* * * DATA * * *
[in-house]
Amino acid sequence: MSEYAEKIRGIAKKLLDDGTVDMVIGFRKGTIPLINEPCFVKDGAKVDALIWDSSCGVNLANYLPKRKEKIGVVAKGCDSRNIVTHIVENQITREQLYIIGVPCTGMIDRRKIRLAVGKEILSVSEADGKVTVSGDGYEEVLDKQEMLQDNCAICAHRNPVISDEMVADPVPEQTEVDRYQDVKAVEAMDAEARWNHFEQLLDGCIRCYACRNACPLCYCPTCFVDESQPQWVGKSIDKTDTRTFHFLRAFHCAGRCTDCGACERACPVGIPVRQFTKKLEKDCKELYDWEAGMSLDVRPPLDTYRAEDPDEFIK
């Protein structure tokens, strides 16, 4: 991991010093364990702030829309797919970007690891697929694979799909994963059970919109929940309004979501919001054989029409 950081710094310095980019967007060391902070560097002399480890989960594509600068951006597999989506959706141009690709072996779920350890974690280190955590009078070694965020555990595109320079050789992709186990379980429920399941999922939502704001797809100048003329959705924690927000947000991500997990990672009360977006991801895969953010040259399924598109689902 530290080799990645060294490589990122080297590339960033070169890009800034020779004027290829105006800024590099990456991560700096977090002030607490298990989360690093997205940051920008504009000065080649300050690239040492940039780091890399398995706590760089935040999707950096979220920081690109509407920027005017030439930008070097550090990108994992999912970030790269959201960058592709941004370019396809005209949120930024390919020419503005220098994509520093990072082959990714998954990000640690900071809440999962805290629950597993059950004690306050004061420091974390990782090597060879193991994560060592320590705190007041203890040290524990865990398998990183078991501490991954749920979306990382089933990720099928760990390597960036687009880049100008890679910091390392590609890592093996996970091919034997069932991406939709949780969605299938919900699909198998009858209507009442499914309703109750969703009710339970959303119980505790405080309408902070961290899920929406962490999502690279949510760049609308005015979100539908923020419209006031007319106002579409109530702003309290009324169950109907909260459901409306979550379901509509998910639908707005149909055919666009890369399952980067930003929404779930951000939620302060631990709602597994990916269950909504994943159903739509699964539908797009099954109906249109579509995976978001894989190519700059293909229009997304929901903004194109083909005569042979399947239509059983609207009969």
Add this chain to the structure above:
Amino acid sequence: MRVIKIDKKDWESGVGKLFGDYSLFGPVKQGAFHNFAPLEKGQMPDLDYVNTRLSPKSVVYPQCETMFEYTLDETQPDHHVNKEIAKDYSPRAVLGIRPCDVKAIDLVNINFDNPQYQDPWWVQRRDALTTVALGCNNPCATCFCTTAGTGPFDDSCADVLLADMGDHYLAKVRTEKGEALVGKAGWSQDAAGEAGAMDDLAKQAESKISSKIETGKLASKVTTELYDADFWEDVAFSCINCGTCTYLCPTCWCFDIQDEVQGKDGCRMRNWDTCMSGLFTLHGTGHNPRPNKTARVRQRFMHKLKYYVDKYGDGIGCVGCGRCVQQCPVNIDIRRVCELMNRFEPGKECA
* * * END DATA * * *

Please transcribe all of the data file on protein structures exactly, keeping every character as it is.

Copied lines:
[in-house]
Amino acid sequence: MSEYAEKIRGIAKKLLDDGTVDMVIGFRKGTIPLINEPCFVKDGAKVDALIWDSSCGVNLANYLPKRKEKIGVVAKGCDSRNIVTHIVENQITREQLYIIGVPCTGMIDRRKIRLAVGKEILSVSEADGKVTVSGDGYEEVLDKQEMLQDNCAICAHRNPVISDEMVADPVPEQTEVDRYQDVKAVEAMDAEARWNHFEQLLDGCIRCYACRNACPLCYCPTCFVDESQPQWVGKSIDKTDTRTFHFLRAFHCAGRCTDCGACERACPVGIPVRQFTKKLEKDCKELYDWEAGMSLDVRPPLDTYRAEDPDEFIK
């Protein structure tokens, strides 16, 4: 991991010093364990702030829309797919970007690891697929694979799909994963059970919109929940309004979501919001054989029409 950081710094310095980019967007060391902070560097002399480890989960594509600068951006597999989506959706141009690709072996779920350890974690280190955590009078070694965020555990595109320079050789992709186990379980429920399941999922939502704001797809100048003329959705924690927000947000991500997990990672009360977006991801895969953010040259399924598109689902 530290080799990645060294490589990122080297590339960033070169890009800034020779004027290829105006800024590099990456991560700096977090002030607490298990989360690093997205940051920008504009000065080649300050690239040492940039780091890399398995706590760089935040999707950096979220920081690109509407920027005017030439930008070097550090990108994992999912970030790269959201960058592709941004370019396809005209949120930024390919020419503005220098994509520093990072082959990714998954990000640690900071809440999962805290629950597993059950004690306050004061420091974390990782090597060879193991994560060592320590705190007041203890040290524990865990398998990183078991501490991954749920979306990382089933990720099928760990390597960036687009880049100008890679910091390392590609890592093996996970091919034997069932991406939709949780969605299938919900699909198998009858209507009442499914309703109750969703009710339970959303119980505790405080309408902070961290899920929406962490999502690279949510760049609308005015979100539908923020419209006031007319106002579409109530702003309290009324169950109907909260459901409306979550379901509509998910639908707005149909055919666009890369399952980067930003929404779930951000939620302060631990709602597994990916269950909504994943159903739509699964539908797009099954109906249109579509995976978001894989190519700059293909229009997304929901903004194109083909005569042979399947239509059983609207009969």
Add this chain to the structure above:
Amino acid sequence: MRVIKIDKKDWESGVGKLFGDYSLFGPVKQGAFHNFAPLEKGQMPDLDYVNTRLSPKSVVYPQCETMFEYTLDETQPDHHVNKEIAKDYSPRAVLGIRPCDVKAIDLVNINFDNPQYQDPWWVQRRDALTTVALGCNNPCATCFCTTAGTGPFDDSCADVLLADMGDHYLAKVRTEKGEALVGKAGWSQDAAGEAGAMDDLAKQAESKISSKIETGKLASKVTTELYDADFWEDVAFSCINCGTCTYLCPTCWCFDIQDEVQGKDGCRMRNWDTCMSGLFTLHGTGHNPRPNKTARVRQRFMHKLKYYVDKYGDGIGCVGCGRCVQQCPVNIDIRRVCELMNRFEPGKECA